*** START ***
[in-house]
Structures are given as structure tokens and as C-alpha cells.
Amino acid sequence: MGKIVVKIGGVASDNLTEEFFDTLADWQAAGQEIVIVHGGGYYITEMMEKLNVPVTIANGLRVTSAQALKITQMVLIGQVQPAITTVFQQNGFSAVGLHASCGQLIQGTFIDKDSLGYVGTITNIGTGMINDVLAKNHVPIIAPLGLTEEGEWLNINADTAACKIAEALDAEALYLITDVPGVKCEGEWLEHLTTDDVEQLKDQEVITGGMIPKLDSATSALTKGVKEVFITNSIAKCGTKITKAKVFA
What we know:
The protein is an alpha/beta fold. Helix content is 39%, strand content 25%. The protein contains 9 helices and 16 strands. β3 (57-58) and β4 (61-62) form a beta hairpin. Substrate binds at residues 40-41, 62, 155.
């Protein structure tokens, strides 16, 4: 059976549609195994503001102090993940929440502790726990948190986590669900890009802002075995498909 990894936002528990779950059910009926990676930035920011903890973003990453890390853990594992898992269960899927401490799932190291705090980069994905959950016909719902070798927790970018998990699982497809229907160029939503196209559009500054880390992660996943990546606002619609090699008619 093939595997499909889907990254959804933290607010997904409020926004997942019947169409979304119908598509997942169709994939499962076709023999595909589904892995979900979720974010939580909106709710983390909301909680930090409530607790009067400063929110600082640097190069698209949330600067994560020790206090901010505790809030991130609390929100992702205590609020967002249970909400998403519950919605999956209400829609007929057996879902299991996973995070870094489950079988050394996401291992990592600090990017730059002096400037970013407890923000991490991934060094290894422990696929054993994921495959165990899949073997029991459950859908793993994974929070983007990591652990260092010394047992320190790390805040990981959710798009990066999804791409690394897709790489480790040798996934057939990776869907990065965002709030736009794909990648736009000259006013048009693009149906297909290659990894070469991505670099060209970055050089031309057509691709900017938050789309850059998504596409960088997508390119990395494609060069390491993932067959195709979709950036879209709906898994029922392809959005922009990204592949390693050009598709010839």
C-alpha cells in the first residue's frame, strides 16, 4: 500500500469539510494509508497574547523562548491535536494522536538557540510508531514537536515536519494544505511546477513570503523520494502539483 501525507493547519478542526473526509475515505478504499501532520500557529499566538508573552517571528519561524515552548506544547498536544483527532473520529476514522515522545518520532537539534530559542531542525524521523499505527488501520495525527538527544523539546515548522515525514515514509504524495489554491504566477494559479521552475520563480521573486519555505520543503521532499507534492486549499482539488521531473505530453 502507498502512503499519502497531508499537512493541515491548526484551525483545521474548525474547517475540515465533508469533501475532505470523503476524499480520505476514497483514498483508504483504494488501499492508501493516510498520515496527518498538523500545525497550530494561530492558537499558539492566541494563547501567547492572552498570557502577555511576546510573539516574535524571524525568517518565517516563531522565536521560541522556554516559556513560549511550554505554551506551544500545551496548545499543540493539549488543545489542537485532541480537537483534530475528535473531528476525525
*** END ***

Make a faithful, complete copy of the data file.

[in-house]
Structures are given as structure tokens and as C-alpha cells.
Amino acid sequence: MGKIVVKIGGVASDNLTEEFFDTLADWQAAGQEIVIVHGGGYYITEMMEKLNVPVTIANGLRVTSAQALKITQMVLIGQVQPAITTVFQQNGFSAVGLHASCGQLIQGTFIDKDSLGYVGTITNIGTGMINDVLAKNHVPIIAPLGLTEEGEWLNINADTAACKIAEALDAEALYLITDVPGVKCEGEWLEHLTTDDVEQLKDQEVITGGMIPKLDSATSALTKGVKEVFITNSIAKCGTKITKAKVFA
What we know:
The protein is an alpha/beta fold. Helix content is 39%, strand content 25%. The protein contains 9 helices and 16 strands. β3 (57-58) and β4 (61-62) form a beta hairpin. Substrate binds at residues 40-41, 62, 155.
């Protein structure tokens, strides 16, 4: 059976549609195994503001102090993940929440502790726990948190986590669900890009802002075995498909 990894936002528990779950059910009926990676930035920011903890973003990453890390853990594992898992269960899927401490799932190291705090980069994905959950016909719902070798927790970018998990699982497809229907160029939503196209559009500054880390992660996943990546606002619609090699008619 093939595997499909889907990254959804933290607010997904409020926004997942019947169409979304119908598509997942169709994939499962076709023999595909589904892995979900979720974010939580909106709710983390909301909680930090409530607790009067400063929110600082640097190069698209949330600067994560020790206090901010505790809030991130609390929100992702205590609020967002249970909400998403519950919605999956209400829609007929057996879902299991996973995070870094489950079988050394996401291992990592600090990017730059002096400037970013407890923000991490991934060094290894422990696929054993994921495959165990899949073997029991459950859908793993994974929070983007990591652990260092010394047992320190790390805040990981959710798009990066999804791409690394897709790489480790040798996934057939990776869907990065965002709030736009794909990648736009000259006013048009693009149906297909290659990894070469991505670099060209970055050089031309057509691709900017938050789309850059998504596409960088997508390119990395494609060069390491993932067959195709979709950036879209709906898994029922392809959005922009990204592949390693050009598709010839």
C-alpha cells in the first residue's frame, strides 16, 4: 500500500469539510494509508497574547523562548491535536494522536538557540510508531514537536515536519494544505511546477513570503523520494502539483 501525507493547519478542526473526509475515505478504499501532520500557529499566538508573552517571528519561524515552548506544547498536544483527532473520529476514522515522545518520532537539534530559542531542525524521523499505527488501520495525527538527544523539546515548522515525514515514509504524495489554491504566477494559479521552475520563480521573486519555505520543503521532499507534492486549499482539488521531473505530453 502507498502512503499519502497531508499537512493541515491548526484551525483545521474548525474547517475540515465533508469533501475532505470523503476524499480520505476514497483514498483508504483504494488501499492508501493516510498520515496527518498538523500545525497550530494561530492558537499558539492566541494563547501567547492572552498570557502577555511576546510573539516574535524571524525568517518565517516563531522565536521560541522556554516559556513560549511550554505554551506551544500545551496548545499543540493539549488543545489542537485532541480537537483534530475528535473531528476525525